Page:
3. Individual tools for efficient service
3.1 Good service is individual
Ideally, the pilots will receive information about their passengers via the interface in the cockpit which enables them to perform check-in and check-out. Important information includes destination, names of passengers, luggage and any delay times of missing passengers.
3.2 Decentralized operating employees must be optimally organized and planned
From cleaners to service personnel, employees have rights and responsibilities that must be guaranteed. A pilot, for example, has the duty to start his shift at 05:30 with the jet X from landing pad Y. It must be ensured that the pilot is assigned a jet near his home and has access to the building and the jet. In addition, the pilot must then unlock the jet, authenticate himself, launch the jet and receive instructions for the first flight, including loading instructions.
3.3 Interfaces inside the jet are essential
For the navigation of an on-demand air taxi, cockpits must be designed to meet a new set of needs. The flight route, as well as stopovers and recharging stops must be visually displayed for the pilot. Difficulties such as occupied landing pads and a lack of recharging infrastructure must be communicated. In addition, the transition to autonomization will require additional interfaces in and around the jet to handle communication with passengers.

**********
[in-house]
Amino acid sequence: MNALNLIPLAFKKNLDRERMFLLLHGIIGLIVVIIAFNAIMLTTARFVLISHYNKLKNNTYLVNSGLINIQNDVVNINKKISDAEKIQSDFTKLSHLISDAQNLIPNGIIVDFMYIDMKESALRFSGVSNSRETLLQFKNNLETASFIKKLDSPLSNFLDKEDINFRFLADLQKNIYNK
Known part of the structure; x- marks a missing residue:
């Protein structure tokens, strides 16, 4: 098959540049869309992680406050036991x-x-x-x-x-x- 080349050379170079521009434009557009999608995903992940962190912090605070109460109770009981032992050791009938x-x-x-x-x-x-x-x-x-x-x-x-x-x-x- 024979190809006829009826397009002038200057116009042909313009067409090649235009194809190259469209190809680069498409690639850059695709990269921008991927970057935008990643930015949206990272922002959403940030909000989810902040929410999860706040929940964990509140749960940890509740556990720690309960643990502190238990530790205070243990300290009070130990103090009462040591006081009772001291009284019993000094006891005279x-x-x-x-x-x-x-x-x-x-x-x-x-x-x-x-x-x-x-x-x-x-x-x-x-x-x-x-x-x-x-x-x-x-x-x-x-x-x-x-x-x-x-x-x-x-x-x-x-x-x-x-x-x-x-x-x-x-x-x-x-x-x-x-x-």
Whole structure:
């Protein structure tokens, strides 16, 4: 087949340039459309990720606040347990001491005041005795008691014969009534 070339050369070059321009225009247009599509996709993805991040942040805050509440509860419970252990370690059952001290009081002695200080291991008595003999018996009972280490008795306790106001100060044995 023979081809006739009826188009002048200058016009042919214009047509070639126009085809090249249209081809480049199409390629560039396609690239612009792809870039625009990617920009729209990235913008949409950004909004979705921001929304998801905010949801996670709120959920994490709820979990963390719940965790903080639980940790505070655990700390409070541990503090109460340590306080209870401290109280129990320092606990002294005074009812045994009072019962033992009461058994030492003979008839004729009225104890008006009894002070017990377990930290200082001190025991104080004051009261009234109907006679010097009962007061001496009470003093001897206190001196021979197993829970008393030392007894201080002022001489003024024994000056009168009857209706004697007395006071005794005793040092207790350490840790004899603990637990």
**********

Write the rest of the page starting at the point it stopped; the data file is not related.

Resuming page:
4. Platform for organizing, analyzing and editing data
4.1 Monitoring jets and their status
It is required to monitor the whereabouts and crew of each jet. In addition, the exact status must be reported, comprising data such as the remaining range and the technical condition of individual components. The aircraft history must also be available via an application. For instance, it has to be precisely documented who had carried out which maintenance.
4.2 User and rights management
Users include customers and staff alike and each of them has location-specific rights assigned to them according to their role. These are varied and range from unlocking the jet to editing data.
4.3 Operational and work schedules for personnel
Operational plans and tasks must be transmitted and coordinated digitally. Again, the plans are again subject to temporary rights. Since a large proportion of staff is used decentralised and the tasks are distributed and assessed individually, this can be done by algorithms.
4.4 Cleaning and Maintenance
Tasks are often object-oriented, and because the route of an on-demand jet is unpredictable, they must be flexibly reassigned, depending on their current location.
4.5 System maintenance and configuration
Each aircraft must be configured and maintained in the system. Old jets require regular software updates. This and much more should be provided by a platform.
4.6 Data analysis
This allows for the right conclusions and is therefore an essential part of the platform. This requires meaningful data visualizations, which, for instance, show user behavior and potential for improvement by applying filters. This is a valuable tool, especially for decision-makers, to drive the advancement of jets and their related services.
The more needs of customers and employees Lilium manages to meet, the more effective the market entry will be. For this, Lilium has to adapt the mindset of a mobility service provider. Travel by air taxi usually takes place in combination with other means of transport, therefore the mobility service must be considered holistically. For any user scenario, an effective solution must be provided.